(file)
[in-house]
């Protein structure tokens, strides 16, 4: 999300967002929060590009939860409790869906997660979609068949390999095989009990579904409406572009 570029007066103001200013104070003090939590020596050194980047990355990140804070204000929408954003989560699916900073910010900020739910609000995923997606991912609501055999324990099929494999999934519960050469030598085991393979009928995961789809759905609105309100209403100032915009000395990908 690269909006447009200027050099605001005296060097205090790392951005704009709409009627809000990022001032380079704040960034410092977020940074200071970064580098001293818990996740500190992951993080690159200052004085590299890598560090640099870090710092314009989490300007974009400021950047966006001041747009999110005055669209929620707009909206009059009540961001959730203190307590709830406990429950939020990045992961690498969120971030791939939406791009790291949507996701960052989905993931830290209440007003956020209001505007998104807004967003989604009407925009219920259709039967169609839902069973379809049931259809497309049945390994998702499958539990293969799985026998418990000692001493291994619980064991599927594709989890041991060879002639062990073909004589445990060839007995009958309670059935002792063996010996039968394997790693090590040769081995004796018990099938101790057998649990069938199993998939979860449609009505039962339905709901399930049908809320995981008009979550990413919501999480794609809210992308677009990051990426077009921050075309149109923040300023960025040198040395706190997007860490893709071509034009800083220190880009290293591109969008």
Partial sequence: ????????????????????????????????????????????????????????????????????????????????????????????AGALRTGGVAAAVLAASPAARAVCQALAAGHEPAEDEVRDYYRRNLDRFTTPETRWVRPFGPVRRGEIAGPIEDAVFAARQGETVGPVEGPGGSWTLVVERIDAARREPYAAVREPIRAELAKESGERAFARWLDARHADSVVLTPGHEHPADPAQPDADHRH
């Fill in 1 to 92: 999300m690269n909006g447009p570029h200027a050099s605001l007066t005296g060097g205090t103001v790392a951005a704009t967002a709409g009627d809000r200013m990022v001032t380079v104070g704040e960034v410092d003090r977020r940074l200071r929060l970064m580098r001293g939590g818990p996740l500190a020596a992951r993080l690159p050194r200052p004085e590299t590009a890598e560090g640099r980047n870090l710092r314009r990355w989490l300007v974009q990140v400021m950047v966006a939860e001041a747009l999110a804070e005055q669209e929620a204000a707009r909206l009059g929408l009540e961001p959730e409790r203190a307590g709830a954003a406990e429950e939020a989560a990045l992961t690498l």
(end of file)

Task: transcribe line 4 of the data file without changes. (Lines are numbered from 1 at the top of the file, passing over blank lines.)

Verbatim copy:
């Fill in 1 to 92: 999300m690269n909006g447009p570029h200027a050099s605001l007066t005296g060097g205090t103001v790392a951005a704009t967002a709409g009627d809000r200013m990022v001032t380079v104070g704040e960034v410092d003090r977020r940074l200071r929060l970064m580098r001293g939590g818990p996740l500190a020596a992951r993080l690159p050194r200052p004085e590299t590009a890598e560090g640099r980047n870090l710092r314009r990355w989490l300007v974009q990140v400021m950047v966006a939860e001041a747009l999110a804070e005055q669209e929620a204000a707009r909206l009059g929408l009540e961001p959730e409790r203190a307590g709830a954003a406990e429950e939020a989560a990045l992961t690498l």